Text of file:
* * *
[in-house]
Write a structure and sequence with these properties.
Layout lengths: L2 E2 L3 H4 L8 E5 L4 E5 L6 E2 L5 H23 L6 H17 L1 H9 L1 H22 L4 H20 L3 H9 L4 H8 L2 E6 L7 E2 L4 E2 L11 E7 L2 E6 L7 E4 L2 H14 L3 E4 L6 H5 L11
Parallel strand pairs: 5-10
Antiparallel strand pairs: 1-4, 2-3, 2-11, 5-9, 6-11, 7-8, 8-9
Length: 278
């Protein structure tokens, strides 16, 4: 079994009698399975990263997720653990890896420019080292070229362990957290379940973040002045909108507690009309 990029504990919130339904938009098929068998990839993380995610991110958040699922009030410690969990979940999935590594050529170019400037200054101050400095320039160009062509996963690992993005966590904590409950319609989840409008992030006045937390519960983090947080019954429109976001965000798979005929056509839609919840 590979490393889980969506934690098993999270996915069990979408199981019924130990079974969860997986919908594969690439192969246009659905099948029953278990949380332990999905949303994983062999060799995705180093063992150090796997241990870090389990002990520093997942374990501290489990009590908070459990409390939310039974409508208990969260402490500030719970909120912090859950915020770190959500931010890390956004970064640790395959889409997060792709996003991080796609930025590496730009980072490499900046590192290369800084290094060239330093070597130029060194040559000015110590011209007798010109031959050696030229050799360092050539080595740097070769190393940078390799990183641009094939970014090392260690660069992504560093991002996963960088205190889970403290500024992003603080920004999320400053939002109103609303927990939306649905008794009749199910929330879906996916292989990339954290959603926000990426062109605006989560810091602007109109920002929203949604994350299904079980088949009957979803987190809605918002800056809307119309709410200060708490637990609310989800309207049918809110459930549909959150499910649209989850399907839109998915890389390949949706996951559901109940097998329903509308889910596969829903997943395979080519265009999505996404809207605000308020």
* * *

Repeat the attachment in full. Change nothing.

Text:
[in-house]
Write a structure and sequence with these properties.
Layout lengths: L2 E2 L3 H4 L8 E5 L4 E5 L6 E2 L5 H23 L6 H17 L1 H9 L1 H22 L4 H20 L3 H9 L4 H8 L2 E6 L7 E2 L4 E2 L11 E7 L2 E6 L7 E4 L2 H14 L3 E4 L6 H5 L11
Parallel strand pairs: 5-10
Antiparallel strand pairs: 1-4, 2-3, 2-11, 5-9, 6-11, 7-8, 8-9
Length: 278
């Protein structure tokens, strides 16, 4: 079994009698399975990263997720653990890896420019080292070229362990957290379940973040002045909108507690009309 990029504990919130339904938009098929068998990839993380995610991110958040699922009030410690969990979940999935590594050529170019400037200054101050400095320039160009062509996963690992993005966590904590409950319609989840409008992030006045937390519960983090947080019954429109976001965000798979005929056509839609919840 590979490393889980969506934690098993999270996915069990979408199981019924130990079974969860997986919908594969690439192969246009659905099948029953278990949380332990999905949303994983062999060799995705180093063992150090796997241990870090389990002990520093997942374990501290489990009590908070459990409390939310039974409508208990969260402490500030719970909120912090859950915020770190959500931010890390956004970064640790395959889409997060792709996003991080796609930025590496730009980072490499900046590192290369800084290094060239330093070597130029060194040559000015110590011209007798010109031959050696030229050799360092050539080595740097070769190393940078390799990183641009094939970014090392260690660069992504560093991002996963960088205190889970403290500024992003603080920004999320400053939002109103609303927990939306649905008794009749199910929330879906996916292989990339954290959603926000990426062109605006989560810091602007109109920002929203949604994350299904079980088949009957979803987190809605918002800056809307119309709410200060708490637990609310989800309207049918809110459930549909959150499910649209989850399907839109998915890389390949949706996951559901109940097998329903509308889910596969829903997943395979080519265009999505996404809207605000308020």